Former US Vice President Walter Mondale dies at 93
Former US Vice President Walter Mondale, a liberal icon who famously told voters to expect a tax increase should he win the presidency, died Monday, US media reported. He was 93 years old.
No cause was given for Mondale's death, according to reports citing a statement from his family.
"Today I mourn the passing of my dear friend Walter Mondale, who I consider the best vice president in our country's history," Carter said in a statement, extending his condolences to his former number two's family.
Prior to his stint at the White House, Mondale had served as attorney general to his home state of Minnesota from 1960-1964, and then as US senator from that state from 1964-1976.
Senator Amy Klobuchar, a fellow Minnesotan, mourned Mondale's passing, calling him "kind and dignified to the end."
"He set a high bar for himself and kept passing it and raising it."
At age 20, Mondale became a congressional district manager for US politician Hubert Humphrey's successful Senate campaign. Humphrey would later become Mondale's political mentor.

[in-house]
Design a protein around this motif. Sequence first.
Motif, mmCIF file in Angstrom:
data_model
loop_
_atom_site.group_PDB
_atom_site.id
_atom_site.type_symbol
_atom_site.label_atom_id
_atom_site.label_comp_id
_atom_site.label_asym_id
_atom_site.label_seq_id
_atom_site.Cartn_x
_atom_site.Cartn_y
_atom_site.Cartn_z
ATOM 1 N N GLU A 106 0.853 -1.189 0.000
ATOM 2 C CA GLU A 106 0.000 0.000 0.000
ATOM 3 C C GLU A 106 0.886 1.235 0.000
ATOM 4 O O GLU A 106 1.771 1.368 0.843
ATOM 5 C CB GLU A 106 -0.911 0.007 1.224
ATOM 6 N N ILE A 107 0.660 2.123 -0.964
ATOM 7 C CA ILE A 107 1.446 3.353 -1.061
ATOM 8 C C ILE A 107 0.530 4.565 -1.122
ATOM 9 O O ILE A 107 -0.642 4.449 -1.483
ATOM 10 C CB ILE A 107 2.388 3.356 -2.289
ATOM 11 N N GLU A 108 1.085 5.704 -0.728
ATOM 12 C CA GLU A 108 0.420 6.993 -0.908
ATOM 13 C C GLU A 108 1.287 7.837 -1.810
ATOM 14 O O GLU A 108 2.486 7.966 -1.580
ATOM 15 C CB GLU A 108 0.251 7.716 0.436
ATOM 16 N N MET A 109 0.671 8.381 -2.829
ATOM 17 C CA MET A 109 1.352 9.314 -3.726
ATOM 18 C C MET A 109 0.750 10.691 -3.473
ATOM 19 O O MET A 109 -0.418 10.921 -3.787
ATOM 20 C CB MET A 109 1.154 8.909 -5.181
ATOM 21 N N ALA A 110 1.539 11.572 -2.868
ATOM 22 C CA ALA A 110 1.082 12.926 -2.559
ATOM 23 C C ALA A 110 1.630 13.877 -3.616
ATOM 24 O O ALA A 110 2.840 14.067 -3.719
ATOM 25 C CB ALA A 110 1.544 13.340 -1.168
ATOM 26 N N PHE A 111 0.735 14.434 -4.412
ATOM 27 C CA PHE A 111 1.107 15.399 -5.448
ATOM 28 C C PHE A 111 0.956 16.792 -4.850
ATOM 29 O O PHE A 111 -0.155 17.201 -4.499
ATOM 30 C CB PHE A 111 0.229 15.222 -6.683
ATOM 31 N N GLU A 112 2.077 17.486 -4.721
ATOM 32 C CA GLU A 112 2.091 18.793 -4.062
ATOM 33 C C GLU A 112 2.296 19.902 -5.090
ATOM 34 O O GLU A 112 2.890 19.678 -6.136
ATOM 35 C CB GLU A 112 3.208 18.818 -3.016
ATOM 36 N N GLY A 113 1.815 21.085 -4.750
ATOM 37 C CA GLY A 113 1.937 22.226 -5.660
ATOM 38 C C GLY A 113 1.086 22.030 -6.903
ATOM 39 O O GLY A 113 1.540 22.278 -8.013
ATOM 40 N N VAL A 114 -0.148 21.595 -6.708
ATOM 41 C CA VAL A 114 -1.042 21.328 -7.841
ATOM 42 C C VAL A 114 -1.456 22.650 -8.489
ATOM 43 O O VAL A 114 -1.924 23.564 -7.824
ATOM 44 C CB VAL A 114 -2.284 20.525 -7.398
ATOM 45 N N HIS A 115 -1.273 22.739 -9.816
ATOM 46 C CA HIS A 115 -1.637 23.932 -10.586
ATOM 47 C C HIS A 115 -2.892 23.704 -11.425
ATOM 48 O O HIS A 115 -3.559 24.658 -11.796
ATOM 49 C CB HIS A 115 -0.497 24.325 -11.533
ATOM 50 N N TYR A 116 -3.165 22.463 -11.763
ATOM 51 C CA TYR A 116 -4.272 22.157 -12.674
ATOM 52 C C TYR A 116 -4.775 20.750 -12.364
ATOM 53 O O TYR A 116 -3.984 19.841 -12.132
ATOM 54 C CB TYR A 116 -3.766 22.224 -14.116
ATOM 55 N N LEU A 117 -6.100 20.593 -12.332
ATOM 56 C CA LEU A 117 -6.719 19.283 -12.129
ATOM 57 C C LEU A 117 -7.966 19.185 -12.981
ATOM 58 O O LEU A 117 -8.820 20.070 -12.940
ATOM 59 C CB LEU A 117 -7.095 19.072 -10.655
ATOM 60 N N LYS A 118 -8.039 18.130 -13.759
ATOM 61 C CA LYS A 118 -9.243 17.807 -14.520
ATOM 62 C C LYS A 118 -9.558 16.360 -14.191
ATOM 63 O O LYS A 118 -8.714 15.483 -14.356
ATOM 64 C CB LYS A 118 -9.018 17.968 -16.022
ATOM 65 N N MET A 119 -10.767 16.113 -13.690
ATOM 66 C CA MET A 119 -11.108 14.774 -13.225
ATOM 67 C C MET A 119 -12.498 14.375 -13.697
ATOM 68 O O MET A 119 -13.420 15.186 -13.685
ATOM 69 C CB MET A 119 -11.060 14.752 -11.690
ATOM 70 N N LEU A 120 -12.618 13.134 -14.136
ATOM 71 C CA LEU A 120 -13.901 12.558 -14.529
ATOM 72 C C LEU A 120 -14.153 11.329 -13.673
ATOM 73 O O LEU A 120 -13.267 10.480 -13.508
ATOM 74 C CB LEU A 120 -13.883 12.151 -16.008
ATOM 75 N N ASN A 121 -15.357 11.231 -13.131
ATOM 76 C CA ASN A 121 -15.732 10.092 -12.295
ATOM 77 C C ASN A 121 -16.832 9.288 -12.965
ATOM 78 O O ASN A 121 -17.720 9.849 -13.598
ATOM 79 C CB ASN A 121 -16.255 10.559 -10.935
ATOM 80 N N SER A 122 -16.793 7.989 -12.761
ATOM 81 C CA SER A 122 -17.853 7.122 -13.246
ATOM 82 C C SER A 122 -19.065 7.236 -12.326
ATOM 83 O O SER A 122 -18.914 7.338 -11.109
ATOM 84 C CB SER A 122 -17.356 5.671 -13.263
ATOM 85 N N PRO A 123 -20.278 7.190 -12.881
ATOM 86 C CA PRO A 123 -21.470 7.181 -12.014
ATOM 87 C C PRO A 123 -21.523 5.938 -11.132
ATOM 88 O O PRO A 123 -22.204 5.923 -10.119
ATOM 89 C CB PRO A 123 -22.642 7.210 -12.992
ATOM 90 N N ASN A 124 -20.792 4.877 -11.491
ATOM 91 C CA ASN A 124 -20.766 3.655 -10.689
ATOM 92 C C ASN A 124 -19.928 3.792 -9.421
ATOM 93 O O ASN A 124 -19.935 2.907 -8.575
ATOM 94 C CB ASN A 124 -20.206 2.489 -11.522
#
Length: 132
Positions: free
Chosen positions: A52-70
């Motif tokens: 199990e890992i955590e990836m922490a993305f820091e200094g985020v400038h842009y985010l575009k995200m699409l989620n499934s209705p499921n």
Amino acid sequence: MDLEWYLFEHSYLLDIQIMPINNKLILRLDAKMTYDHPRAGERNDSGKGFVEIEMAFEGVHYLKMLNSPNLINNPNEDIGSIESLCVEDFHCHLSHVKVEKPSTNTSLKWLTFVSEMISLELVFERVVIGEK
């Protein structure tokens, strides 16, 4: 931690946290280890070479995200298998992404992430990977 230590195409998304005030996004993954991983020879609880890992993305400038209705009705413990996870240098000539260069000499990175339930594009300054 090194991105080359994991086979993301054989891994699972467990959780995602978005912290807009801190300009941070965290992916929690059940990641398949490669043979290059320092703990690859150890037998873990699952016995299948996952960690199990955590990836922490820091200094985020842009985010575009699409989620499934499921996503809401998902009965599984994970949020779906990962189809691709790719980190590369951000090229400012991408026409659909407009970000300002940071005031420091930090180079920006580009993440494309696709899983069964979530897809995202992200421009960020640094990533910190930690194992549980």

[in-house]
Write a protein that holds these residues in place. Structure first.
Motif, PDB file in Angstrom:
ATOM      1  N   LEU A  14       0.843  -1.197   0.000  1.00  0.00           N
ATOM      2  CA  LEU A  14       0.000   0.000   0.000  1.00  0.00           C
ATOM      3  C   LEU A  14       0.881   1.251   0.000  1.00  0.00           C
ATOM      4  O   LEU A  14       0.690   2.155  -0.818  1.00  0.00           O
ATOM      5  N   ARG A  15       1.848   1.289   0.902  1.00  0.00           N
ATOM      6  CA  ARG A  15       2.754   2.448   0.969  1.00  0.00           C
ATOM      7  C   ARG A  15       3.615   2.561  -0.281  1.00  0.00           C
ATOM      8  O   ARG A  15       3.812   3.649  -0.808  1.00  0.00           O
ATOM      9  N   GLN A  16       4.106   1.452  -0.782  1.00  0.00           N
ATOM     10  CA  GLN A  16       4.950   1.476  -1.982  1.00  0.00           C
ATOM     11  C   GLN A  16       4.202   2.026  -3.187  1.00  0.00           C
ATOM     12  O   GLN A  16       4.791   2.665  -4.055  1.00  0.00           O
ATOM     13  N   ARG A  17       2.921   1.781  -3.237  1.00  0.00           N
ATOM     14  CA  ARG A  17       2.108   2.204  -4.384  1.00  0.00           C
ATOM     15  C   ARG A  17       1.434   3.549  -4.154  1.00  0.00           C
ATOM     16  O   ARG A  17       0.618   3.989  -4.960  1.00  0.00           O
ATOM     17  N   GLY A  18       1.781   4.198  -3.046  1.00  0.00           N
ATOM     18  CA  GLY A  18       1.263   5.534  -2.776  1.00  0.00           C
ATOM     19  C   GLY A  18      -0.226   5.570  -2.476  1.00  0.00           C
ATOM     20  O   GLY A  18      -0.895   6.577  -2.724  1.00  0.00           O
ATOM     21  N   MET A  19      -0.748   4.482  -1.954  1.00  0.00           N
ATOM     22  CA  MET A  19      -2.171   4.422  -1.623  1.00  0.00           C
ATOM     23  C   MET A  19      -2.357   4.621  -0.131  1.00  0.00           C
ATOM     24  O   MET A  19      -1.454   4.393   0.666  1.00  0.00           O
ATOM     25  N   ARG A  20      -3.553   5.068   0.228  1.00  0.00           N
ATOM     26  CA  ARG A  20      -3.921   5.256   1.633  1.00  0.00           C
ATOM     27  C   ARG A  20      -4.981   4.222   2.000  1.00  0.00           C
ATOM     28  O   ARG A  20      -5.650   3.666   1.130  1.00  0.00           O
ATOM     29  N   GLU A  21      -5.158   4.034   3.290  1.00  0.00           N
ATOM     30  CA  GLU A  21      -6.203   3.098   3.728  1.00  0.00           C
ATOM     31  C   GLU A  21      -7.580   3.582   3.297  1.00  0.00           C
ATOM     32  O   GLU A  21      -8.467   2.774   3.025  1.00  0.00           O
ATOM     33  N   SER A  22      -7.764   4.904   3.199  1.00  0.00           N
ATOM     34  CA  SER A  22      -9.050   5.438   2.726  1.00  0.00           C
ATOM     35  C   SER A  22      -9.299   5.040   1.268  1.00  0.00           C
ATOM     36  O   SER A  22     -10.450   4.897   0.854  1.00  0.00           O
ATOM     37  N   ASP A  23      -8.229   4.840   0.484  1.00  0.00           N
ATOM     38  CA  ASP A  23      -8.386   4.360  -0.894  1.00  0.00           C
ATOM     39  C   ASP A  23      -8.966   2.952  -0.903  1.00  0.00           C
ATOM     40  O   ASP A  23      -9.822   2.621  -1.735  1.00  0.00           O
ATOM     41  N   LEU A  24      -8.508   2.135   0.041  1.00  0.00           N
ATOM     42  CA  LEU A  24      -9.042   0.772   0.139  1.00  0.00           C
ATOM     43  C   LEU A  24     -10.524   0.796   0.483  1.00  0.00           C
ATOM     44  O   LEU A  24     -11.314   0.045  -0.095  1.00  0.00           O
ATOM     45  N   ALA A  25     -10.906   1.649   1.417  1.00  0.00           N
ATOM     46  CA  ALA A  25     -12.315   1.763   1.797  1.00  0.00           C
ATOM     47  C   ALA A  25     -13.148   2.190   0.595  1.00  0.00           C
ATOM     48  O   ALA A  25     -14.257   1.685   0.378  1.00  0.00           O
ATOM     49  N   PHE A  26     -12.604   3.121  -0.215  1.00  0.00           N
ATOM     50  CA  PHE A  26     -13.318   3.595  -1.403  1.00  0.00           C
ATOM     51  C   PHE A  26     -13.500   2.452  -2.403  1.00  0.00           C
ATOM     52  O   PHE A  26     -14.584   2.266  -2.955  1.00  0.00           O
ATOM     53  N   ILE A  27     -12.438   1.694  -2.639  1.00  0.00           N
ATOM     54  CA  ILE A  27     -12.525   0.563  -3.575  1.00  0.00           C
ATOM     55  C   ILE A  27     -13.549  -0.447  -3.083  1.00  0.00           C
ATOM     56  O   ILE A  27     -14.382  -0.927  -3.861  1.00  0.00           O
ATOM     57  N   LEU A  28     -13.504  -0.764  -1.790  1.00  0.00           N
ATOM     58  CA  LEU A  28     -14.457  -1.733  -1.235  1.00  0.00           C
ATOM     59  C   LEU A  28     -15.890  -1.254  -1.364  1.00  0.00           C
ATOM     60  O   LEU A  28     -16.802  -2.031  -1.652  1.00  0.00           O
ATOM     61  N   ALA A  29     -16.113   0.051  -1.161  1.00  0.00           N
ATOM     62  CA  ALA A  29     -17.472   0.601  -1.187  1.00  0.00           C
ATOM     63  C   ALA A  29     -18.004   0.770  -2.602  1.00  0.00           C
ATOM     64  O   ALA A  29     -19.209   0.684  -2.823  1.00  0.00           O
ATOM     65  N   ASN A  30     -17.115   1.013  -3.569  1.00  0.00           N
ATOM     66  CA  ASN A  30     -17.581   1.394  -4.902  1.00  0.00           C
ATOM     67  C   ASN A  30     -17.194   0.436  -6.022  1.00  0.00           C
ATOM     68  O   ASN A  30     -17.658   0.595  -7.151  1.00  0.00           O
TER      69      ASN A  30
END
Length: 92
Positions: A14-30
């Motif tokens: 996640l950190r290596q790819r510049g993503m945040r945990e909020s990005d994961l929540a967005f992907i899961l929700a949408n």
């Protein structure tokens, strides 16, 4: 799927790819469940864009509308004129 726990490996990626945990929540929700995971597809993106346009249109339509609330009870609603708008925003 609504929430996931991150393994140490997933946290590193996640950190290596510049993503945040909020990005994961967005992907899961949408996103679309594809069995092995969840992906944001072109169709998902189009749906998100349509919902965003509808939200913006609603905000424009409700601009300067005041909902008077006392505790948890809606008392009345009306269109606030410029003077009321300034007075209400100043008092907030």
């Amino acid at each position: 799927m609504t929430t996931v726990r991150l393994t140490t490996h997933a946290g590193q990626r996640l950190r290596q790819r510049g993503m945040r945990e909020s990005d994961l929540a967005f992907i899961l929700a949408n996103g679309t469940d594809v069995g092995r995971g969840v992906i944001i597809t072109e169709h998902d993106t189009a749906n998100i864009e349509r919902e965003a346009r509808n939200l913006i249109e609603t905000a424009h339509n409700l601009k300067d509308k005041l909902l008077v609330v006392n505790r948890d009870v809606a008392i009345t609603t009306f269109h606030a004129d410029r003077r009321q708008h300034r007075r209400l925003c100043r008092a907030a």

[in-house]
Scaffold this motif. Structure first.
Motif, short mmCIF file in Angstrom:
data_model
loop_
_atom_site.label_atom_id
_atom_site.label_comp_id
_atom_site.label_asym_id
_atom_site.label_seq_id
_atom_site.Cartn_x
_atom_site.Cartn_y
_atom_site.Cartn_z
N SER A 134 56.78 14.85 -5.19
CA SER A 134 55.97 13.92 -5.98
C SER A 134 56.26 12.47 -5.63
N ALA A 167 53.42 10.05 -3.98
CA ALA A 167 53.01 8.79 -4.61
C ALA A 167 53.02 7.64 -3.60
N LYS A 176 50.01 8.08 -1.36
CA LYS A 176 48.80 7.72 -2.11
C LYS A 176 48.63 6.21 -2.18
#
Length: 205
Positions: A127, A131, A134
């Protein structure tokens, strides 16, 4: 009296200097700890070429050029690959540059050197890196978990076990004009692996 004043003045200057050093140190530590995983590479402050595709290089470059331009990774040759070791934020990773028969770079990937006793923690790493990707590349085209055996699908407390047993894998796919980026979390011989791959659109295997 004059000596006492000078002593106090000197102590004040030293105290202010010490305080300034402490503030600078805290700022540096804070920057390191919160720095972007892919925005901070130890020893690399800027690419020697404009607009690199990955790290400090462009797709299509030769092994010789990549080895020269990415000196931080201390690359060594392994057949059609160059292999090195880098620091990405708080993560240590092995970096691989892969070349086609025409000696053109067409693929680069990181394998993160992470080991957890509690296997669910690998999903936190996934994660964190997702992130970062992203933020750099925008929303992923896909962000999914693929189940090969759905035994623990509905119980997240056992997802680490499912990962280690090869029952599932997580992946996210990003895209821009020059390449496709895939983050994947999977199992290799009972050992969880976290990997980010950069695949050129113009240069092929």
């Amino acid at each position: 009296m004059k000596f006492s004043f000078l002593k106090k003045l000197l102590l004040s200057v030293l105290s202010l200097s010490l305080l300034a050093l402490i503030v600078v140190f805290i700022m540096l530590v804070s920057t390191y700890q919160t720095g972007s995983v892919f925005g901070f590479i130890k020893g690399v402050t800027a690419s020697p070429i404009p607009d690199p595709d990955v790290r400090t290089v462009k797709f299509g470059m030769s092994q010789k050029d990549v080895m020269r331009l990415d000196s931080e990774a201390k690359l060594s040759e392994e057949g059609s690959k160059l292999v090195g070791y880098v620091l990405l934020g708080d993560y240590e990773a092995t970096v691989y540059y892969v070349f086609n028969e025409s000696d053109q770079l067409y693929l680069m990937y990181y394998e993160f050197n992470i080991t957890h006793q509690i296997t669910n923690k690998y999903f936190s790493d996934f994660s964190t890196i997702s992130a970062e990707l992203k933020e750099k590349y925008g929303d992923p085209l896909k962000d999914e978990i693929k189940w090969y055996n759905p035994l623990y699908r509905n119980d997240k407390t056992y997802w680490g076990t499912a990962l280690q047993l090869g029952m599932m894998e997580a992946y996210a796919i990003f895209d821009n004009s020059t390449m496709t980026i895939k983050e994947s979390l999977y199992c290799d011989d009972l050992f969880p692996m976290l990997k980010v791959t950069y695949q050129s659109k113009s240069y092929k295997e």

An outspoken supporter of civil rights, Mondale advocated throughout his Senate career for education, housing, migrant worker rights and child nutrition.
During his campaign, he infamously told voters to expect a tax increase if he won, which would later go on to define the race.
"I did my best," he said the day after the vote.
He kept up his relationship with the Clintons and in 2008 initially endorsed Hillary Clinton for president. He changed his endorsement once Barack Obama secured the nomination.
Ted and William followed their father into politics and public service, while Eleanor became a broadcast journalist.
Originally published as Former US Vice President Walter Mondale dies at 93